Future use of imported soya in poultry and livestock feed is set to be curbed after global governments agreed to end and reverse deforestation by 2030.
COP26 president, Alok Sharma, attends a stock-taking plenary at the COP26 United Nations Climate Change Conference in November 2021 in Glasgow, Scotland. Photo: ANP/Ewan Bootman
Representing 75% of global trade in key commodities that can threaten forests (i.e., palm oil, soya and cocoa), 28 governments have signed a new Forests, Agriculture and Commodity Trade (FACT) Statement at the COP26 negotiations in Glasgow. In addition, more than 100 leaders from nations including Brazil, Indonesia, the Democratic republic of Congo, Russia and Canada, representing 85% of the world’s forests, made a further commitment to the Glasgow Leaders’ Declaration on Forest and Land Use.
The pledge is backed by almost £14 million in private and public funding with 12 nations, including the UK, supporting the initiative between now and 2025. Funds will go towards tackling wildfires, backing the right of indigenous communities and restoring degraded land. More than 30 of the world’s largest financial companies – including Aviva, Schroeders and Axa – have also promised to end investment in activities linked to deforestation.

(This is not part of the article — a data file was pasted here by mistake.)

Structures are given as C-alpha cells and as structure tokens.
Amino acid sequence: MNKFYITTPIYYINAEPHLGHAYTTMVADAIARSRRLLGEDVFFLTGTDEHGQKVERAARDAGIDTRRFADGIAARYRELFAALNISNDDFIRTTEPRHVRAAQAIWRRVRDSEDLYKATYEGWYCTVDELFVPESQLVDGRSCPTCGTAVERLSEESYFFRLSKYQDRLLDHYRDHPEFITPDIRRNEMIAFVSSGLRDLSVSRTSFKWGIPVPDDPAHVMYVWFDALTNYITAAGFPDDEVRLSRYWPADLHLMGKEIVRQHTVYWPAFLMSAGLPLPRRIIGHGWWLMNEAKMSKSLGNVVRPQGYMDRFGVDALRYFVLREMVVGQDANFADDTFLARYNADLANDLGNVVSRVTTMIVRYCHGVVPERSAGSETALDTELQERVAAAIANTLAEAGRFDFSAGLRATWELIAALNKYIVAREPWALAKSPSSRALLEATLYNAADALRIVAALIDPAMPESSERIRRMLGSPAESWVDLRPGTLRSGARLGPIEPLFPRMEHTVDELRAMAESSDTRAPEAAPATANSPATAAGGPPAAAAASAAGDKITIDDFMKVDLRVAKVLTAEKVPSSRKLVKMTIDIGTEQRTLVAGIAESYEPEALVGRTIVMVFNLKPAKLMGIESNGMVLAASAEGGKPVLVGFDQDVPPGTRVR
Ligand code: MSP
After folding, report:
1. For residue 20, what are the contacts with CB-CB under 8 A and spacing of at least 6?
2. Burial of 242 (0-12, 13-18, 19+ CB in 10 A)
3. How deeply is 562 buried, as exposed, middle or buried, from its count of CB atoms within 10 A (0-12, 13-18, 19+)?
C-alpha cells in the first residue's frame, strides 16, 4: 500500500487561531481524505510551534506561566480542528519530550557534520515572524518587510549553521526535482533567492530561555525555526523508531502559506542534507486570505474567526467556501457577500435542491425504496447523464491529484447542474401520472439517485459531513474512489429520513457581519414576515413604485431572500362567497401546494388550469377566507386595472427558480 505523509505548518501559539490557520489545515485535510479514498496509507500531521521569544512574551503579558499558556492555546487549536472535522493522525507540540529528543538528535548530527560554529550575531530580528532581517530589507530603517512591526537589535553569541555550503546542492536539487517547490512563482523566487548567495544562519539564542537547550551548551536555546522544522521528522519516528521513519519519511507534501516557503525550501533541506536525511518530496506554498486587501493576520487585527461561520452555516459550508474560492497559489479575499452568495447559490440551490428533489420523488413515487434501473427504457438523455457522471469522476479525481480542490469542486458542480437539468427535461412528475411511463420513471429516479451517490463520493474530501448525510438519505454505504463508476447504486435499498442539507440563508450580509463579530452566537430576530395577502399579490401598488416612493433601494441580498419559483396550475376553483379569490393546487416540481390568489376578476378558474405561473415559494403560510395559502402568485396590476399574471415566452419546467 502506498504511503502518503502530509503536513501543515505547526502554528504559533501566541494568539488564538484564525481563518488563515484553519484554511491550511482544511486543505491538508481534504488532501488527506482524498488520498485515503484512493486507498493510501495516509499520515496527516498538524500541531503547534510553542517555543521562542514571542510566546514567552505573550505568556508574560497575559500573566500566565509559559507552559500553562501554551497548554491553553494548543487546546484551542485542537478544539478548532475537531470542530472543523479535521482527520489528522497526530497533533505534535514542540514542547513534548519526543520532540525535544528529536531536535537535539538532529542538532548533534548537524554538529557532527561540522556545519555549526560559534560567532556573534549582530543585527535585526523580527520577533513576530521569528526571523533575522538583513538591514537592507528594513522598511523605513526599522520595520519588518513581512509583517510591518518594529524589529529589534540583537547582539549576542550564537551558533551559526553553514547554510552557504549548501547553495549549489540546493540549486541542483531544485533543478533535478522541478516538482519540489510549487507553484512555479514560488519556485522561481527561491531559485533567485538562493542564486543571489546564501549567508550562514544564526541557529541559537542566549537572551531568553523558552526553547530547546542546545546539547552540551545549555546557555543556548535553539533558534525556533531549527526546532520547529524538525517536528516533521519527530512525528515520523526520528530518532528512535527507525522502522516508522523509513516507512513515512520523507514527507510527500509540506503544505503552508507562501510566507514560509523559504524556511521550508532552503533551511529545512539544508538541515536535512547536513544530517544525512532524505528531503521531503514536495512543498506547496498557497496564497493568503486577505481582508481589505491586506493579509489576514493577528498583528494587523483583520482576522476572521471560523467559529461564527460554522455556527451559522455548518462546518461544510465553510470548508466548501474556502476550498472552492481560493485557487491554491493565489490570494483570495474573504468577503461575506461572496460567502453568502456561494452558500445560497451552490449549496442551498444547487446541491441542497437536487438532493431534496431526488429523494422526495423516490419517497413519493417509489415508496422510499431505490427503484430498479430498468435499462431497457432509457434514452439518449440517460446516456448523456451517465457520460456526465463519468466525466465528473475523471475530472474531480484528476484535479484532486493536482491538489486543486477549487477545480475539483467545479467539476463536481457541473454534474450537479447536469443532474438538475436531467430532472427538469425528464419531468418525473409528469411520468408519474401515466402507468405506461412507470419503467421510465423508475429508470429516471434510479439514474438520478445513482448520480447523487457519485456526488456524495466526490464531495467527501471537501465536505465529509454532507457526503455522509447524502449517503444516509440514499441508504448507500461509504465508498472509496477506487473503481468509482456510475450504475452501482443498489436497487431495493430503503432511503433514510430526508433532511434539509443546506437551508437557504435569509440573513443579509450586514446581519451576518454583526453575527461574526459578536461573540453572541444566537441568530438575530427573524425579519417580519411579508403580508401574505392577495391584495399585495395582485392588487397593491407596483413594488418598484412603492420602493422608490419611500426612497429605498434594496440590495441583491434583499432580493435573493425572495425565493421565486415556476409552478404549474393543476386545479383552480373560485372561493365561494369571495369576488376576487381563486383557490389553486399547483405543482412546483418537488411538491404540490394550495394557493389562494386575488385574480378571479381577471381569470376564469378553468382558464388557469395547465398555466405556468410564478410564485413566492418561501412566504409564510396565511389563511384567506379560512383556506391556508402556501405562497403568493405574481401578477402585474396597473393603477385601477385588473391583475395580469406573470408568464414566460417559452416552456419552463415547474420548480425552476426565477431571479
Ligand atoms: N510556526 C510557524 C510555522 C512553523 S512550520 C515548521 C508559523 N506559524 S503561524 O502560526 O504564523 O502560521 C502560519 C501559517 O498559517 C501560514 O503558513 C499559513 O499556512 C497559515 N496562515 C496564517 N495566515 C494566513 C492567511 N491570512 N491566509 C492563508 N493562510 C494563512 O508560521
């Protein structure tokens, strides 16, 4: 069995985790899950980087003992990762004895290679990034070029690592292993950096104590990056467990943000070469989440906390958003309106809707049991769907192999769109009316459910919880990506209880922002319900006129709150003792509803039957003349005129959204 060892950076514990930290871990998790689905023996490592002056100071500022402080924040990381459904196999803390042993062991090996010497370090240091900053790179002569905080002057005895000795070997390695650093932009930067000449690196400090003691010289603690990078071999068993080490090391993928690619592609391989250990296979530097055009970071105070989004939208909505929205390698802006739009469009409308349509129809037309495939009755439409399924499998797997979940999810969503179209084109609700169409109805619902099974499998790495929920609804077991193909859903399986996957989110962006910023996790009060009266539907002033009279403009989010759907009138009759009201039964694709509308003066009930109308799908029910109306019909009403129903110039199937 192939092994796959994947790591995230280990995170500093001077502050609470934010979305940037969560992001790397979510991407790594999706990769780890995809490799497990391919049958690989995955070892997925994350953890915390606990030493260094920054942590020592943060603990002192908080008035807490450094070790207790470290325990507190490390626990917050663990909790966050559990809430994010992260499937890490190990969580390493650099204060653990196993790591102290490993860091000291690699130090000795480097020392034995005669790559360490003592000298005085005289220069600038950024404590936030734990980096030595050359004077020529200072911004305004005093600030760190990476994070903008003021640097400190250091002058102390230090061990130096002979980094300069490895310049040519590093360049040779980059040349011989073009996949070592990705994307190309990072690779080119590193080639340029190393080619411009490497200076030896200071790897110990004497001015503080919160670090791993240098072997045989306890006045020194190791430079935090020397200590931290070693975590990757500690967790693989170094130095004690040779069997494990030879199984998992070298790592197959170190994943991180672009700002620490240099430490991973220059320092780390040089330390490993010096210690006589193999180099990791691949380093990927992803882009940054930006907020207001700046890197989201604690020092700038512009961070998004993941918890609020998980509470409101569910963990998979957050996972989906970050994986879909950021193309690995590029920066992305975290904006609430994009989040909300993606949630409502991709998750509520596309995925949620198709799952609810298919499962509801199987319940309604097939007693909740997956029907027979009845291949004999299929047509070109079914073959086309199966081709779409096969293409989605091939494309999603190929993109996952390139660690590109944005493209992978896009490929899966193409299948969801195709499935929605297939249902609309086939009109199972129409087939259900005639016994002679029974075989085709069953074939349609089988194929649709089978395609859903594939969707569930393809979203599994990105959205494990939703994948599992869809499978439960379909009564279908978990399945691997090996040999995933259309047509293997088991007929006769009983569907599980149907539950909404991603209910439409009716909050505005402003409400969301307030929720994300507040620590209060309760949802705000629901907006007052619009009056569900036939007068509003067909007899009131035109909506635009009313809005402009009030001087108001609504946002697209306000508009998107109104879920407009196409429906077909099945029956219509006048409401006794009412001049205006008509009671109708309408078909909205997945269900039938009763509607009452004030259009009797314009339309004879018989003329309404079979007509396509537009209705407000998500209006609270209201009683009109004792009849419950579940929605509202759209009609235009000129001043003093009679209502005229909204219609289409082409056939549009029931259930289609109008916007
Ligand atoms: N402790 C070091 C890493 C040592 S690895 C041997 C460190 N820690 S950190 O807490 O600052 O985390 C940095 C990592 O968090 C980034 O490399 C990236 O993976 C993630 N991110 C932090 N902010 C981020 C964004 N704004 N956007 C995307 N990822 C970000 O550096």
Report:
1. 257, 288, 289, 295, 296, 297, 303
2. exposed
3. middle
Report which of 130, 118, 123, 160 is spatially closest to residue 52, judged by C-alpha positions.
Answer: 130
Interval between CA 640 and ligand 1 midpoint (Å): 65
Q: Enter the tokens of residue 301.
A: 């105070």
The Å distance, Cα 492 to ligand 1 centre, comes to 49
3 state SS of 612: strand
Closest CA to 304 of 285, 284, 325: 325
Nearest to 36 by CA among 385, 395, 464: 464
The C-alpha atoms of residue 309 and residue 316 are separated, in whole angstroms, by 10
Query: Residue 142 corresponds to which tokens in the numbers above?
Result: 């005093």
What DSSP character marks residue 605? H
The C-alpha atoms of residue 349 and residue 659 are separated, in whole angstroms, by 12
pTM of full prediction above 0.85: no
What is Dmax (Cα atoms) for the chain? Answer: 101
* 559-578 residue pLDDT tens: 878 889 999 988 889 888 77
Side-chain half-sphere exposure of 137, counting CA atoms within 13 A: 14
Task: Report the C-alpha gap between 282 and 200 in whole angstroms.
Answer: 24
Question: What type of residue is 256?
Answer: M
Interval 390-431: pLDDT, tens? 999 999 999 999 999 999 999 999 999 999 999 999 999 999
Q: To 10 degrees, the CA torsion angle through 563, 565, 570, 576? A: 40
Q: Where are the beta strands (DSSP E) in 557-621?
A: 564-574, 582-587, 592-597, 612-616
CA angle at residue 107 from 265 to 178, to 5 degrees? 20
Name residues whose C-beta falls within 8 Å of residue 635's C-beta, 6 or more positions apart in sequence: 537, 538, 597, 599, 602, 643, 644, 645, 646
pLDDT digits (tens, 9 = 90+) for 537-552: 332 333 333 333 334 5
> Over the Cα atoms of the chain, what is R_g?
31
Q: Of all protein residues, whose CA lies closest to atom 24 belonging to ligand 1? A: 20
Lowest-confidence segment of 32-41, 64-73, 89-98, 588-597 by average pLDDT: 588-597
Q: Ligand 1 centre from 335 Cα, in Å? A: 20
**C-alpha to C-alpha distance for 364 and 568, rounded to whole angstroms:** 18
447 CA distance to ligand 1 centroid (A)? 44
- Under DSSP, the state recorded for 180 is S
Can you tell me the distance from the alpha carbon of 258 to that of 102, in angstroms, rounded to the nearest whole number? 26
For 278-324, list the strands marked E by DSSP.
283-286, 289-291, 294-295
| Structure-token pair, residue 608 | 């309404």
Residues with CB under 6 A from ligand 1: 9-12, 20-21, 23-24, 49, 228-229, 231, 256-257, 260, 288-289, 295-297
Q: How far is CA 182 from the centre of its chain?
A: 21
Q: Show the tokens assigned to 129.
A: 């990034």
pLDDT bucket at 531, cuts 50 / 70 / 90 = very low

“The industrial meat industry, like its counterpart in the fossil fuel sector, needs to come to an end.”
John Sauven, Greenpeace executive director, said forests would not be saved until the world’s population ate less meat: “Everyone wants to see zero deforestation, not least the indigenous peoples whose homes and livelihoods are under threat. But without tackling the drivers of destruction, it’s like whistling in the wind to think cash alone will work. Cattle and sodas for animal feed are wiping out the Amazon and savannahs of Brazil. The industrial meat industry, like its counterpart in the fossil fuel sector, needs to come to an end.”
The Soil Association said it had been drawing attention to the impact of soya grown in sensitive environments in Latin America to feed livestock in intensive systems for some time. It is calling for ’Peak Poultry’ – the phasing out of intensive poultry served in schools and hospitals, a moratorium on intensive poultry units and support for less intensive livestock systems such as organic along with dietary changes to include less meat and better meat.
The farming sector has seen a number of announcements from companies in recent weeks. Cranswick plc is moving to 100% certified deforestation-free soya in a bid to cut emissions by 20%. The pig and poultry company, which has received carbon-neutral certification for all 14 of its eligible manufacturing sites – having reduced carbon emissions by 18% last year – is also setting out a roadmap to achieve net-zero greenhouse gas emissions across all its operations by 2040.
Adam Couch, Cranswick CEO: “While we have further to go, I’m very proud of our teams who have embraced climate action with such vigour and helped us reach these first milestone steps of carbon-neutral manufacturing and also the switch to 100% certified deforestation-free soya.”